Scott Pulsipher: Tapping into technology Scott Pulsipher: Tapping into technology
Scott Pulsipher: Tapping into technology

When Scott Pulsipher started out in the technology and customer service industry, he didn’t know it would eventually morph into a whole new field of academics. But in the tech world of 2016, that’s a transition that makes sense.

Today, he’s the president of Western Governors University, an online, nonprofit school based in the Salt Lake City area. He came into the position April 2016.

“I want to make a difference with my life and I’ve always thought of how to do that,” says Pulsipher, who earned his MBA from Harvard University. “I knew that education remains the single biggest catalyst in changing lives.”

Pulsipher wants to combine his business experience with academics so he can create a deeply meaningful experience for his students and his employees, he says. This transformation needs to include relevant technology. Tech is the future, he says. And not using it can be a big mistake.

He should know. Pulsipher’s business experience spans more than 20 years. His past work experience is tied to big names, such as Amazon, where he worked as Amazon Webstore’s general manager.

“The Amazon experience and the WGU experience—it seemed like such a great fit for me and my personal interests and motivation,” he says. Pulsipher’s tech experience means he’s worked with customers from retail, banking, e-commerce and manufacturing. Tech is the future of all those industries, he says. And while education is the catalyst to change lives, technology is the catalyst to change education. “It’s hard to see change happen today where tech isn’t at the root of it,” he says.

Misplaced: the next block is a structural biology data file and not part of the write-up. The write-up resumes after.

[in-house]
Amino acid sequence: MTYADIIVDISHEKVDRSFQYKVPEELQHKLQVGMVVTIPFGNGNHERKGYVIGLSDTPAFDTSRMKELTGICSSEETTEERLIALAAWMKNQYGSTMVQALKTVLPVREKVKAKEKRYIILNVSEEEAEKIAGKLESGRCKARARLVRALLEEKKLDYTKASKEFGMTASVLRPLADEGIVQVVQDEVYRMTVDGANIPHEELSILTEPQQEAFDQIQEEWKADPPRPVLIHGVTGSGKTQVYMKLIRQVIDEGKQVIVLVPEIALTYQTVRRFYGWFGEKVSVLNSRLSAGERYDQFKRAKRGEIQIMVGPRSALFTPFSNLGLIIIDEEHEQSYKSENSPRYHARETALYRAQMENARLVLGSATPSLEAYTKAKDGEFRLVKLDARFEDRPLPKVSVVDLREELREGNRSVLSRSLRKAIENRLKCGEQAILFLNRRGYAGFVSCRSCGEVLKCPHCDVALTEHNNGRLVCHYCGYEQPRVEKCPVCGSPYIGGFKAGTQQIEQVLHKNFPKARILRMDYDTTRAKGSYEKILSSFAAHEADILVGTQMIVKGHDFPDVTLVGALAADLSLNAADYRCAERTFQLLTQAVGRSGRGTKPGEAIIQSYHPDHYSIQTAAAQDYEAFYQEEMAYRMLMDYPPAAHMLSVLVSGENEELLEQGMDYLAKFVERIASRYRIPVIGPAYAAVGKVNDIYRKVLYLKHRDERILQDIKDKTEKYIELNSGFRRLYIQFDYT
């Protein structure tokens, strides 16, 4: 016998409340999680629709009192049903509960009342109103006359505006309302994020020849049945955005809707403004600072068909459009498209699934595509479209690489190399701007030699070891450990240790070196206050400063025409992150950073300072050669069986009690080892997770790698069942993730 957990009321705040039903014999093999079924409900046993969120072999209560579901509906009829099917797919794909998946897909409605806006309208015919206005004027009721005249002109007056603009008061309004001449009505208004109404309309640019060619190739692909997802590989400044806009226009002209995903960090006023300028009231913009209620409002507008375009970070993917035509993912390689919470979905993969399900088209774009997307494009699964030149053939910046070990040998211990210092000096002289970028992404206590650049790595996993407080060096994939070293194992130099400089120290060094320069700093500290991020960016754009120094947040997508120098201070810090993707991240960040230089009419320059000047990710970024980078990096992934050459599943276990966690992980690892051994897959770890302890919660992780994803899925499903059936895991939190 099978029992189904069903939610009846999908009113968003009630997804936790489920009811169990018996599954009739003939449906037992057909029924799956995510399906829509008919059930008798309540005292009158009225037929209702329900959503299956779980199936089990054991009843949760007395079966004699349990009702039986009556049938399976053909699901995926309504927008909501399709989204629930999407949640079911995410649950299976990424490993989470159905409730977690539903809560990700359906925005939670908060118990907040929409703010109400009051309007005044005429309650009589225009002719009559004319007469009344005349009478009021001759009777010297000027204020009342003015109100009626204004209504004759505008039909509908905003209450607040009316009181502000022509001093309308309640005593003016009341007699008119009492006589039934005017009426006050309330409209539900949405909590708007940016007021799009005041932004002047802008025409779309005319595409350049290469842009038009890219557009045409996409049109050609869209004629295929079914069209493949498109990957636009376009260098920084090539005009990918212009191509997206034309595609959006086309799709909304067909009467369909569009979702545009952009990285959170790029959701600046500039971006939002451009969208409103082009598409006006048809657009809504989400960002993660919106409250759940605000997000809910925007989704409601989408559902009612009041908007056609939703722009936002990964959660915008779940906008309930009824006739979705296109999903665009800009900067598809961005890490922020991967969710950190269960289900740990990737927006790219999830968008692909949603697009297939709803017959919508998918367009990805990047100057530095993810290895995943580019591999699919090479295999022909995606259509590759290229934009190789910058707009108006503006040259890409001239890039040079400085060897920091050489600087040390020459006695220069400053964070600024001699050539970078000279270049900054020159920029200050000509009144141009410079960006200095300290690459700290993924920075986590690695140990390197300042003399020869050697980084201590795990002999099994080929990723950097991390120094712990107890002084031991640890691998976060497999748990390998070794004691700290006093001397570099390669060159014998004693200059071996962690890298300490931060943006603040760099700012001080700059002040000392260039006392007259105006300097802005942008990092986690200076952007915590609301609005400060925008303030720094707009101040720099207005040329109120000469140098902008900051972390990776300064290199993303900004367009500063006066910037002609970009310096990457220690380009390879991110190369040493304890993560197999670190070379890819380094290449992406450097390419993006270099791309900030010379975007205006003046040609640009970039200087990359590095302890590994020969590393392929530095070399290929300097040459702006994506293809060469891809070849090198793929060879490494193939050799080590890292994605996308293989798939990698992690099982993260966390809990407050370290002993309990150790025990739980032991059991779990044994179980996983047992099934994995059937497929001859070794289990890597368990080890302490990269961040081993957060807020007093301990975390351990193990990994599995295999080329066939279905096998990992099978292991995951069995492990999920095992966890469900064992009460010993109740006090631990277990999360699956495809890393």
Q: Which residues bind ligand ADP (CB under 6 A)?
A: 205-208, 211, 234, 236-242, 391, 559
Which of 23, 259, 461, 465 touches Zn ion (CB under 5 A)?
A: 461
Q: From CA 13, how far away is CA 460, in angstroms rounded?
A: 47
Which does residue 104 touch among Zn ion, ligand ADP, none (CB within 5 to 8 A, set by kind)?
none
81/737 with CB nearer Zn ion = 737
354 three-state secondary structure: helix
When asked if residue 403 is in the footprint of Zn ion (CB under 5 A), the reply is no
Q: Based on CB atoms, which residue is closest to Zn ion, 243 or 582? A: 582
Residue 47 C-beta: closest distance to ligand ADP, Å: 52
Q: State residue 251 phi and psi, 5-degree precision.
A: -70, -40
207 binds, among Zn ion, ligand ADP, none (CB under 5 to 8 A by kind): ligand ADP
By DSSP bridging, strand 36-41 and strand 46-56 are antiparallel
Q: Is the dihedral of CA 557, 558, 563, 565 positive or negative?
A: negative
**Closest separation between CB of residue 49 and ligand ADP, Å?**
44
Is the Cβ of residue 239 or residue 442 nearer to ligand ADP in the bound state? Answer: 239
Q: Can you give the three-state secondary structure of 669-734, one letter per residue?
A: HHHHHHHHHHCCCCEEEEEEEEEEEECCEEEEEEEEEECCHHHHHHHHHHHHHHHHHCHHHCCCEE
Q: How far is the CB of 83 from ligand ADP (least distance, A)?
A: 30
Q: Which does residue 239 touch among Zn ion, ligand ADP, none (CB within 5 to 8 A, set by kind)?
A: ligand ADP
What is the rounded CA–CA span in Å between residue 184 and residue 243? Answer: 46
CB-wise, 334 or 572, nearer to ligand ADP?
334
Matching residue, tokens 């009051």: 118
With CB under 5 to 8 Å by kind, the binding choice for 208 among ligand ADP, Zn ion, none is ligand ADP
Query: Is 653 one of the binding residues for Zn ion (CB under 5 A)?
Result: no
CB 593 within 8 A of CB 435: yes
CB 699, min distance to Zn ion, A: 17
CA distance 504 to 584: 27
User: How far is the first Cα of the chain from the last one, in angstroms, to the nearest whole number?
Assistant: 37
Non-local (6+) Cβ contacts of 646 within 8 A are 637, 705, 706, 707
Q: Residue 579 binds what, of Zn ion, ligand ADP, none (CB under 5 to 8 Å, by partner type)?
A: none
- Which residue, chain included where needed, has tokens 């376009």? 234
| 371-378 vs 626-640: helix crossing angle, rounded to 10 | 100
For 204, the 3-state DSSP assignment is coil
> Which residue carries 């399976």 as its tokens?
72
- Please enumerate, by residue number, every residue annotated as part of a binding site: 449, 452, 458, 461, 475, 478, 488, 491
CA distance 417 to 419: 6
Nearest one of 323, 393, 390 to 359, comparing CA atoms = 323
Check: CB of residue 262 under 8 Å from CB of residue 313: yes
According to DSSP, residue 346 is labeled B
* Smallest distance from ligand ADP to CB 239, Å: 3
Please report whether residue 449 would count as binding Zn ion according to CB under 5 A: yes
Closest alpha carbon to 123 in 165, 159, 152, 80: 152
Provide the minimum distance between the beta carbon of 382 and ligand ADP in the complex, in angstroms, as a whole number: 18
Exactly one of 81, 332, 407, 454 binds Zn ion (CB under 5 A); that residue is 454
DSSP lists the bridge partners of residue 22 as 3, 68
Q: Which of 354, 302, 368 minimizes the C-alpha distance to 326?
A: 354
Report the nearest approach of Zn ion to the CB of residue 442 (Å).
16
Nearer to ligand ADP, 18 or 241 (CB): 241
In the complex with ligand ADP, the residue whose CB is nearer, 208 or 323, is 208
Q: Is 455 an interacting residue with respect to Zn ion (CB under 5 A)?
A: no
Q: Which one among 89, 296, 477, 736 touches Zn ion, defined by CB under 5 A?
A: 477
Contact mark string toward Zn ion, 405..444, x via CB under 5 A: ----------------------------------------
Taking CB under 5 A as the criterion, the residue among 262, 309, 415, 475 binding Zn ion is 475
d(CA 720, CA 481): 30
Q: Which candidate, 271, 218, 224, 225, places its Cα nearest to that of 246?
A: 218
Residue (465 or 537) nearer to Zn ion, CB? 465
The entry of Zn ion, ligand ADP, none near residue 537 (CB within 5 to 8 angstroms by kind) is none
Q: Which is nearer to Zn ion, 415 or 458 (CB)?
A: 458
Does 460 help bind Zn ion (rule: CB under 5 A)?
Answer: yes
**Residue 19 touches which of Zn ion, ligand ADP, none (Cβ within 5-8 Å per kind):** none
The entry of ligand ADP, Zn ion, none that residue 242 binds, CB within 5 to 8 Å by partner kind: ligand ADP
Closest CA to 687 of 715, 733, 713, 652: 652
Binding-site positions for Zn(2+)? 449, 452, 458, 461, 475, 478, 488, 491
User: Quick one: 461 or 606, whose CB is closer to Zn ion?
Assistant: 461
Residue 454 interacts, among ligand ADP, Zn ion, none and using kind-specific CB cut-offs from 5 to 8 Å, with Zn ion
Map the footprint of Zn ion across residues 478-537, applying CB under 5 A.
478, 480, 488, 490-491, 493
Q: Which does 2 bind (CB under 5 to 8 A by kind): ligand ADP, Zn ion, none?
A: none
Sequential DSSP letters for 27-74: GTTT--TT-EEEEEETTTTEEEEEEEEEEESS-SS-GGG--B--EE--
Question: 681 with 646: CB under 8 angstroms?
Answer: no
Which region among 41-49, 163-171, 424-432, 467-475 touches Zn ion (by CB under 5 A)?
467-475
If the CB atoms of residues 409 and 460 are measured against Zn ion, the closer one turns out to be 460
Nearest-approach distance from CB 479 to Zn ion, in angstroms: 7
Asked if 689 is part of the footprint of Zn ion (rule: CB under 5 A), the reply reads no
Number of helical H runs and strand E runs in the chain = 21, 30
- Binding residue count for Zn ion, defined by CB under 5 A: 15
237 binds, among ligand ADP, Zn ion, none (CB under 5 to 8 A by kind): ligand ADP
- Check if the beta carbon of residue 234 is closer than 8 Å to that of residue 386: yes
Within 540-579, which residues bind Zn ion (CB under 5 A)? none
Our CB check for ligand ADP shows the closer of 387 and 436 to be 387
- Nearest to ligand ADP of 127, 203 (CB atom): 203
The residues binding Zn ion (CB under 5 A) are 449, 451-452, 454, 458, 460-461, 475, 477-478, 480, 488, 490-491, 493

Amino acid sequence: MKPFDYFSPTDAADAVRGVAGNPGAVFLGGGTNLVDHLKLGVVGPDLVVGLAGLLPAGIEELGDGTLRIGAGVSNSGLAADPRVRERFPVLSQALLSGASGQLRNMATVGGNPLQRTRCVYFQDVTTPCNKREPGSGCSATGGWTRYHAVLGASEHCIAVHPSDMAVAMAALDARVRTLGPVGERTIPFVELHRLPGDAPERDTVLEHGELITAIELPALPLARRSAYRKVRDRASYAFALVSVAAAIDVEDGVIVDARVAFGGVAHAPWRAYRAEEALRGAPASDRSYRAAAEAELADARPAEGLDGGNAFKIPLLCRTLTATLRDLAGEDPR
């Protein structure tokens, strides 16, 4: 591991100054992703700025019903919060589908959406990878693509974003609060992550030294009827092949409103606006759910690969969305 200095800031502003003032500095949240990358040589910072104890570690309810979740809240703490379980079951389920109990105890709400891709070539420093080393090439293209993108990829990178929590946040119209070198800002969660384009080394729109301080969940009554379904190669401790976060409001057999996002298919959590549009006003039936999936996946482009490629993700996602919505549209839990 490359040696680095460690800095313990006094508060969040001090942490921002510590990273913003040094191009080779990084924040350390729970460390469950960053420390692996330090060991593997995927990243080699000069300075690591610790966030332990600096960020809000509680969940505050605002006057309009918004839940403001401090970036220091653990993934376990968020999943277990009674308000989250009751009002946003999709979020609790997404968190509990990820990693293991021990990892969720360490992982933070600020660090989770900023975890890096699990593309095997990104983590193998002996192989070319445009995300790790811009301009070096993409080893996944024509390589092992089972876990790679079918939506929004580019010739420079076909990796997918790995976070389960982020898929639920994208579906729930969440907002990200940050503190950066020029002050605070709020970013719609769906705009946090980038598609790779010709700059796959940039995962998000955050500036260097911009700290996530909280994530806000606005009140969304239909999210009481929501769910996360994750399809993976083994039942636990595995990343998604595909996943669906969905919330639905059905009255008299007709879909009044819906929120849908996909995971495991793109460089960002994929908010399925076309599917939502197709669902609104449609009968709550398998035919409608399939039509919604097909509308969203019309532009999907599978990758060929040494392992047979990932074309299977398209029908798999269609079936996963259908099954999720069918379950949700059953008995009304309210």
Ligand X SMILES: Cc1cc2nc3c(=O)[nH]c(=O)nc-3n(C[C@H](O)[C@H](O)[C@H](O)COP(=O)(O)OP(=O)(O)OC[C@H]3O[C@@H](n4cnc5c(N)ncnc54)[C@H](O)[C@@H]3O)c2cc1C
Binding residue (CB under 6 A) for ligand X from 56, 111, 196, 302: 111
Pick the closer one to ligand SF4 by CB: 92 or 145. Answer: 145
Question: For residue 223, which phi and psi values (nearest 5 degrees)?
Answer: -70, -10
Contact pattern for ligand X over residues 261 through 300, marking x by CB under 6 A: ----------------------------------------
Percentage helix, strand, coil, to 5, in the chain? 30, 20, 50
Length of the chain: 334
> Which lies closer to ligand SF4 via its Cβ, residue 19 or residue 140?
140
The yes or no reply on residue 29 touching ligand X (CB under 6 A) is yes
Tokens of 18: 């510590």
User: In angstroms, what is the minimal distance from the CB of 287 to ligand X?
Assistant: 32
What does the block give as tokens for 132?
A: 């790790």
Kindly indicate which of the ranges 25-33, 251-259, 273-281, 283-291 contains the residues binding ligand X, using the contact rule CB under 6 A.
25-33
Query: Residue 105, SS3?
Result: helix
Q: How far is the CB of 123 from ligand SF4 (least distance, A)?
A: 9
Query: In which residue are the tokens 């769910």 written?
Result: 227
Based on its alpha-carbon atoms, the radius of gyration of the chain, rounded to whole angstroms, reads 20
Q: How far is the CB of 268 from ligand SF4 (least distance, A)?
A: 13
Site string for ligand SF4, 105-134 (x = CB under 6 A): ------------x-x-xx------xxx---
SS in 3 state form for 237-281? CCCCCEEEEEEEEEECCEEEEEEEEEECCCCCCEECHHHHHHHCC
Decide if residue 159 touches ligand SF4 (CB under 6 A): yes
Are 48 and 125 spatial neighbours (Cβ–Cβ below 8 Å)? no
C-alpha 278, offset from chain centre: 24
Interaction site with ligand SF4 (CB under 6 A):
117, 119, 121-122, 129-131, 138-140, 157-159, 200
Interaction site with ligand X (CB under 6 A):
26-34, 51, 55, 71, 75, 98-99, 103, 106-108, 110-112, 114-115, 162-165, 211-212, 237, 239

Pulsipher taps into his Amazon experience at WGU. He left the Amazon environment knowing that size and quality don’t work against each other—they work with each other. Knowing that will change the way he does business at WGU, he says.

“People think it’s harder to maintain [size and quality] and it’s completely proven false. You can look no further than Amazon,” he says.

Pulsipher says he feels a significant mantle of stewardship as WGU’s leader. He wants to grow the university while also advancing the quality of education and programs offered.

WGU appealed to him because the school connected him with passions he’s fed throughout his entire career: technology and innovation. It’s one of the main reasons Pulsipher was drawn to leading business startups. As a business leader, he says he was in a position to influence and motivate his employees and customers while using technology and new ideas.

WGU is now where he hopes to make that difference. Pulsipher says the WGU experience is unique because it often serves non-traditional students, veterans and students from rural communities or low-income areas.

“They’ve overcome—in many cases—so many life challenges to get to where they’re getting to,” he says. “Seeing that is such an inspiration to us. Everything we do is trying to increase the probability and likelihood that they will be successful in their endeavor. That’s our promise to them.”

Going forward, he wants to make sure WGU’s priorities and technology resources advance student learning and student outcomes. In the end, he wants to create a meaningful student experience.

“It’s pretty darn cool personally to be part of that every day,” he says.